[e-lang] A broken brand?

David Wagner daw at cs.berkeley.edu
Tue Mar 4 19:26:26 EST 2008

Mark Miller writes:
>    try {
>       box();
>       if (!flag) { throw ...; }
>       return squirrel;
>    } finally {
>       flag := false
>    }
>be necessary or sufficient?

Looks reasonable to me.  I can't come up with any attack on this.

>I wonder how likely we would have been to find this by fuzz testing.

Very unlikely, I think.  I don't think standard fuzz testing is
even applicable, since fuzz testing is designed for testing things
whose inputs are binary data (not object references).

>Altogether, between this and your attack on the Cajita Mint, it's
>clear we need better tools for this kind of programming to become
>adequately robust. (Not that there's any known better alternative.)

It'd be nice to have better tools.  It's a hard problem.  But it's
not hopeless.

I think of these problems (building a mint, building a sealer/unsealer) as
somewhat akin to the problem of designing secure cryptographic protocols
-- a notoriously hard problem.  A five-line crypto protocol can contain
subtle flaws that go unnoticed for a decade.  If this were representative
of the practice of building secure systems, I'd despair.  Fortunately,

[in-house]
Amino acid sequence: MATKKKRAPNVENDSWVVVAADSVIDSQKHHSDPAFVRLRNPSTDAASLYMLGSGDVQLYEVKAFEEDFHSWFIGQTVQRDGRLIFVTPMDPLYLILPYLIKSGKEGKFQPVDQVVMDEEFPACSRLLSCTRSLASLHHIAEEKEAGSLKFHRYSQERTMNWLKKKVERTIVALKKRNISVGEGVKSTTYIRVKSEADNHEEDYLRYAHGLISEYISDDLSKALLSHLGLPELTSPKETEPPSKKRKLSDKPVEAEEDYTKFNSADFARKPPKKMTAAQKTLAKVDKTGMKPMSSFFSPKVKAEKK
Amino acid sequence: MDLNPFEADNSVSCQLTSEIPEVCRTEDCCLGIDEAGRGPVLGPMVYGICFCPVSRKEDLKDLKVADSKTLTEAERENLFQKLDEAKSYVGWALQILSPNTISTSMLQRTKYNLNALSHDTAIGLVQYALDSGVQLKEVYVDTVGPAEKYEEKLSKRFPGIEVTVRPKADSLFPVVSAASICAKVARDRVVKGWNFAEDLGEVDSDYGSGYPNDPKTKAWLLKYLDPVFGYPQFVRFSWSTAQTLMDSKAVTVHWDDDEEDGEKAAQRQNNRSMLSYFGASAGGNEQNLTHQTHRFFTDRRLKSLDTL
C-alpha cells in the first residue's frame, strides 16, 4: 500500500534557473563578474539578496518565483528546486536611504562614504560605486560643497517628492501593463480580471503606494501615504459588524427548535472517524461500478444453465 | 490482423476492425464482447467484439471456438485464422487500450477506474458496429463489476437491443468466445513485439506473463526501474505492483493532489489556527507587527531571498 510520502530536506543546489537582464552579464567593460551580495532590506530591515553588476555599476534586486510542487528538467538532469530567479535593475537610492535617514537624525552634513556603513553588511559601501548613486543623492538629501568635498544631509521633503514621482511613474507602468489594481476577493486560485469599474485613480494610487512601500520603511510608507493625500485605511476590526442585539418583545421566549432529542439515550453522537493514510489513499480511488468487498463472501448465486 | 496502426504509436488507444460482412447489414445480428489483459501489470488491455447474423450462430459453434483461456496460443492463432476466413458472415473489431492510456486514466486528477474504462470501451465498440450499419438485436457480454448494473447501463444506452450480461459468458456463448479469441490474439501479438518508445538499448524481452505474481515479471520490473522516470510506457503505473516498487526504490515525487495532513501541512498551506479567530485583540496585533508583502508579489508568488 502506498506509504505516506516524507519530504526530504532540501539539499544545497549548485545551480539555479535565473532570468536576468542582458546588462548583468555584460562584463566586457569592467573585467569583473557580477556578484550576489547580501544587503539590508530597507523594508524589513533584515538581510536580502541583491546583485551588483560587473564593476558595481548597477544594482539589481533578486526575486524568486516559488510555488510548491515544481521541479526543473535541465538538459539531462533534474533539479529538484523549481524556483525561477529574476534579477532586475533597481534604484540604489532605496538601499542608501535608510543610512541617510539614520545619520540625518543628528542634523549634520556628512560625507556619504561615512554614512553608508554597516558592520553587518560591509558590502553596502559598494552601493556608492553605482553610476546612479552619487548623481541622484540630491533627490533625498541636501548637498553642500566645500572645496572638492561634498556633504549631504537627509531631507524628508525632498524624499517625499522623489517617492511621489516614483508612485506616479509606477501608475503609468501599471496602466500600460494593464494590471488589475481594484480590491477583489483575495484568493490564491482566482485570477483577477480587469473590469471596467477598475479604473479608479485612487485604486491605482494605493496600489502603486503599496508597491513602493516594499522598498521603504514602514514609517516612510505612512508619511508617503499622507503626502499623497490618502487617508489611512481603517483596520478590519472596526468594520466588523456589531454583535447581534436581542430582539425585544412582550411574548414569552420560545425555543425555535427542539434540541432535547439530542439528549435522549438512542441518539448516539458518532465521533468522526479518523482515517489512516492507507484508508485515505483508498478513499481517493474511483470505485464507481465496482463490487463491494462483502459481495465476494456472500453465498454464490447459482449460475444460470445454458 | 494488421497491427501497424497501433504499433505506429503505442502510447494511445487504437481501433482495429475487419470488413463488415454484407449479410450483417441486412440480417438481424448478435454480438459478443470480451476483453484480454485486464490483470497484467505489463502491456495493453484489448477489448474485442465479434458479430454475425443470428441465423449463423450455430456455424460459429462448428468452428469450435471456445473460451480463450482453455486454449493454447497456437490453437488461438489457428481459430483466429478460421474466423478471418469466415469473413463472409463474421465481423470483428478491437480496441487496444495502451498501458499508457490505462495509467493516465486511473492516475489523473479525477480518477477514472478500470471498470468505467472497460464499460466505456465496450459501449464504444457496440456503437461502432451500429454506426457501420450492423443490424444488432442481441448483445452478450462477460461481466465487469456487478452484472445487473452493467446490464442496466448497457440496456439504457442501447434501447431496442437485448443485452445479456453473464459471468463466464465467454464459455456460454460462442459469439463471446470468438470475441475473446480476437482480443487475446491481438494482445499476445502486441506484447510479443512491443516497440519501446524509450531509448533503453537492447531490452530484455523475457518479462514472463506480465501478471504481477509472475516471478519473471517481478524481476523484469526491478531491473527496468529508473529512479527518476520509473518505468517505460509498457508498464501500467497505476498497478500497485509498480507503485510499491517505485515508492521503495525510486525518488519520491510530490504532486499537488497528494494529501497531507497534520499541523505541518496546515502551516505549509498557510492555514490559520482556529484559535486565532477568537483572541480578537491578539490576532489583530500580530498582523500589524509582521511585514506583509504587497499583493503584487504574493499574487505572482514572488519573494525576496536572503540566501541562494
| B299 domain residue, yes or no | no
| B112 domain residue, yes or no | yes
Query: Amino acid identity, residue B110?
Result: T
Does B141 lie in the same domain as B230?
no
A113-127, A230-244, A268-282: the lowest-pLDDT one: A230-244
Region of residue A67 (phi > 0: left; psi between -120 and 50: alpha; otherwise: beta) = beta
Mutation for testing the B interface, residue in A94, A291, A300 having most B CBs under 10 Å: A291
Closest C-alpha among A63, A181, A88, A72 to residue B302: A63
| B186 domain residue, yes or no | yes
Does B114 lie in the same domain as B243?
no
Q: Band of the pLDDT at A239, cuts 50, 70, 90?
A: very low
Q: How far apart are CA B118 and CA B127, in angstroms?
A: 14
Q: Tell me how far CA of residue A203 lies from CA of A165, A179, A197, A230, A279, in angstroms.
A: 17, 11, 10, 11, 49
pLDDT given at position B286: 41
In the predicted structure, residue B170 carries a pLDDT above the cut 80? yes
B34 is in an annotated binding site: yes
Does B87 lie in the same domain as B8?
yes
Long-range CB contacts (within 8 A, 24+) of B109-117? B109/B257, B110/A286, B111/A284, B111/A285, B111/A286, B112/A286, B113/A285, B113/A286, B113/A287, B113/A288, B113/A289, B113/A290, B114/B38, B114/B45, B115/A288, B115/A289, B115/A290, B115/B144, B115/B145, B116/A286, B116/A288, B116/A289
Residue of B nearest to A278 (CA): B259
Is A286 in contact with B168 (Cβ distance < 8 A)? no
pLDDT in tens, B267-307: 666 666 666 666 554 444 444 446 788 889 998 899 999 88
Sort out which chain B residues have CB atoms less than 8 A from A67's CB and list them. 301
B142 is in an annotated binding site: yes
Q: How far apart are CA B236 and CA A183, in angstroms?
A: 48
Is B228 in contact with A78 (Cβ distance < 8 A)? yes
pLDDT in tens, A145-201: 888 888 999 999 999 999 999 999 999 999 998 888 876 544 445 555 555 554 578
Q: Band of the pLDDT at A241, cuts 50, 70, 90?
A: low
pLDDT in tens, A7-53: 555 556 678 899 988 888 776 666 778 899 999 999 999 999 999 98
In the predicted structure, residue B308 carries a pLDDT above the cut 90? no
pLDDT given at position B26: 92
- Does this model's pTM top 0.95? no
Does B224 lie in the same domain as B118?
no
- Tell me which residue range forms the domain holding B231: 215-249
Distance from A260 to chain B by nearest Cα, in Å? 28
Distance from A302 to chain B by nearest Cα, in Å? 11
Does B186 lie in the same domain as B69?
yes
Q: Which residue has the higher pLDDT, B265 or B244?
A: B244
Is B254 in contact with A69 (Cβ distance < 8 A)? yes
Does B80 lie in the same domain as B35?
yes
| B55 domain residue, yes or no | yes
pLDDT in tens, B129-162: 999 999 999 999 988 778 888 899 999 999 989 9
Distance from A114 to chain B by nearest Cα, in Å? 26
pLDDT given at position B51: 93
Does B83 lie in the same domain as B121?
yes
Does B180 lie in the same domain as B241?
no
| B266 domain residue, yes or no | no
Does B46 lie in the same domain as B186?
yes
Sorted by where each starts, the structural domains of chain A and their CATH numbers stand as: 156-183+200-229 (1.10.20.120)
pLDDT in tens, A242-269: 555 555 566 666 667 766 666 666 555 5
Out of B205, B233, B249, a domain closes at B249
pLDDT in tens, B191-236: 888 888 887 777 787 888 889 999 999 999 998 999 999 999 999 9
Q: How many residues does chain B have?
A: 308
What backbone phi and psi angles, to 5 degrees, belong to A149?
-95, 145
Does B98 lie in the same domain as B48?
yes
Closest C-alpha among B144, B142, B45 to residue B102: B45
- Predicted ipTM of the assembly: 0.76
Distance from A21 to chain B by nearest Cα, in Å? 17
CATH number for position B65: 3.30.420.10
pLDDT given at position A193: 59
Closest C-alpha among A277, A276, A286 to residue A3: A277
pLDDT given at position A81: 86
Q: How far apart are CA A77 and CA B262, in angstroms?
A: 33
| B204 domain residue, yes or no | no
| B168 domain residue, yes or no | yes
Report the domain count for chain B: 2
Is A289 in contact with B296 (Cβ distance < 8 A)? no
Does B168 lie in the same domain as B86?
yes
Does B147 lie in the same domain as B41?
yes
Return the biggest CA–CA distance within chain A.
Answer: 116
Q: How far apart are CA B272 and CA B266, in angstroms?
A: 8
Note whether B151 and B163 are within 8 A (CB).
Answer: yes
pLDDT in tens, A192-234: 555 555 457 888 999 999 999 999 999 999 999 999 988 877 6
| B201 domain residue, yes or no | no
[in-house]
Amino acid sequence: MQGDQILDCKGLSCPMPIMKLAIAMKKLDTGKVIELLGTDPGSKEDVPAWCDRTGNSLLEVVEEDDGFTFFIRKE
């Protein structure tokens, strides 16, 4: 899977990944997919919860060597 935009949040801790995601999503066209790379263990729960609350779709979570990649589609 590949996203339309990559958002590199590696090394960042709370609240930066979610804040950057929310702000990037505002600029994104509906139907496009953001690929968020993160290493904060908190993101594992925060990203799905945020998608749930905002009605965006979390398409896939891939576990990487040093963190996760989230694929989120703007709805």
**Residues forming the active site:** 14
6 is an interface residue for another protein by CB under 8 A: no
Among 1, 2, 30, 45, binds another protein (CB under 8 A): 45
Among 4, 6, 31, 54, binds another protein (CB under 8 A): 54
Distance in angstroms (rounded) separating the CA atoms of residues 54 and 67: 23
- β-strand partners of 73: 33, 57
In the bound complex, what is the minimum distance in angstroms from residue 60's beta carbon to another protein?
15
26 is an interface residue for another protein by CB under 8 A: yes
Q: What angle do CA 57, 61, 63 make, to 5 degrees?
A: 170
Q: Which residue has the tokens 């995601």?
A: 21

I don't think it's representative.  It's very rare that systems builders
have to design and implement a secure crypto protocol; instead, they
reuse one that others have sweated over and that the community has
gradually come to trust.  Hopefully you only need a limited number of
these hard-to-build primitives.  I think it's plausible that designing
and implementing a secure brand is more like crypto protocol design than
like ordinary secure systems programming.

If I'm right, it's enough to have good libraries that provide these basic
abstractions, and to get the libraries right once.  I find it hard to
believe that developers will routinely need to implement their own brand
(and if they try to do that, we can teach them to reuse standard brand
APIs rather than rolling their own, just like we teach developers to
use standard crypto protocols rather than rolling their own).

>Cajita doesn't yet have trademarking, though Mike Stay has a prototype
>implementation. Perhaps this should raise the priority of adding
>trademarking to Cajita?

I don't think so.  If you think applications programmers will need to
use brands/sealers/unsealers, then you should add a library function
that implements sealers/unsealers securely.  Application programmers
should not be implementing their own brands.

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